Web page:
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Redistribution by means of lotteries

Journal article | Journal of Economic Theory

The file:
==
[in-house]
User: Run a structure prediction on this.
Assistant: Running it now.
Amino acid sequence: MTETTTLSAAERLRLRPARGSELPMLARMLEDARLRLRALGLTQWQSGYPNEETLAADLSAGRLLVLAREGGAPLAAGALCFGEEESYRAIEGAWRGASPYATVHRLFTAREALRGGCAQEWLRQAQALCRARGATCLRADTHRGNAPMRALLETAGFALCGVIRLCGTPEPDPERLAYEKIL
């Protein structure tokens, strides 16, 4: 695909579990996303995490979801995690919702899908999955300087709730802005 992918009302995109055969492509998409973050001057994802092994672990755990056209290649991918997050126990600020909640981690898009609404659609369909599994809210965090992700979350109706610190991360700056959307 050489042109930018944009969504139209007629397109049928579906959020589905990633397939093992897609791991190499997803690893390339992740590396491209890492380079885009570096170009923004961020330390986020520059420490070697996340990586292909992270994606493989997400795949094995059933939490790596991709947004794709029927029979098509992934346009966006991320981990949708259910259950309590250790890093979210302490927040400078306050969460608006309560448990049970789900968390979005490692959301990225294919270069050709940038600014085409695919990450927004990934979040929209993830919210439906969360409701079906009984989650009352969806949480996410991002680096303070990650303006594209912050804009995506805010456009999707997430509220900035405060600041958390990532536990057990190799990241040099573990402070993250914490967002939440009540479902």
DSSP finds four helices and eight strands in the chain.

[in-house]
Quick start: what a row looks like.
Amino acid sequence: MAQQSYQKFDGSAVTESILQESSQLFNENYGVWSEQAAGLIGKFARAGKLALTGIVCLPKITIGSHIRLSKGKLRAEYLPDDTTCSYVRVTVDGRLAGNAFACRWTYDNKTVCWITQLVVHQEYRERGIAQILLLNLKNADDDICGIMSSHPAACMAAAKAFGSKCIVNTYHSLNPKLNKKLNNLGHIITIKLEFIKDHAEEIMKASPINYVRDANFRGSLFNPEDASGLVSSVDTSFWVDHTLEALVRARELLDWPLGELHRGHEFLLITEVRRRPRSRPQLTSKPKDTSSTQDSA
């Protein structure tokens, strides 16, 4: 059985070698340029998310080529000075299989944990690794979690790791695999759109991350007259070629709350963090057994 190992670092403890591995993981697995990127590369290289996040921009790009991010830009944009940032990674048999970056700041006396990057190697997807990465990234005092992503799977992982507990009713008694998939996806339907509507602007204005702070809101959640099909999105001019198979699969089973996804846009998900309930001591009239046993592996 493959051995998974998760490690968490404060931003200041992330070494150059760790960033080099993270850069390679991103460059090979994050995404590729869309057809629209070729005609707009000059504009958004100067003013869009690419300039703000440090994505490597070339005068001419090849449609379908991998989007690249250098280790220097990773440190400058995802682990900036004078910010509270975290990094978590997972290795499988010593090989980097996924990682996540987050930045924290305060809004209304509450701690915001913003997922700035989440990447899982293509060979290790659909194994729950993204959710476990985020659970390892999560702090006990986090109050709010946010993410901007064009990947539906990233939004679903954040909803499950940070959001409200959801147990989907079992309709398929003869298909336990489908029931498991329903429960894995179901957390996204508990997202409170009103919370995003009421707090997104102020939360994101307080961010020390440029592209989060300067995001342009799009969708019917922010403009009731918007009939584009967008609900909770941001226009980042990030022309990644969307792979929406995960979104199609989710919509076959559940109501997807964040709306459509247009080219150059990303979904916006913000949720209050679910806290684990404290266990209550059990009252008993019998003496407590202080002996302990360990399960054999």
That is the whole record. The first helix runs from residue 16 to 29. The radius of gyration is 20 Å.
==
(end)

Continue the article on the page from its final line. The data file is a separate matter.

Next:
A government designs anonymous income transfers between a continuum of citizens whose income valuation is privately known. When transfers are deterministic, the incentive constraints imply equal treatment independently of the government's taste for redistribution. We study whether random transfers may locally improve upon the egalitarian outcome. A suitable Taylor expansion offers an approximation of the utility function by a quasilinear function. The methodology developed by Myerson to deal with incentive constraints then yields a necessary and sufficient condition for the existence of a socially useful randomization. When this condition is met a large set of lotteries are locally improving. A special menu made of two lotteries only is of interest: all the agents with low risk aversion receive the same random transfer, financed by a deterministic tax paid by the high risk aversion agents.

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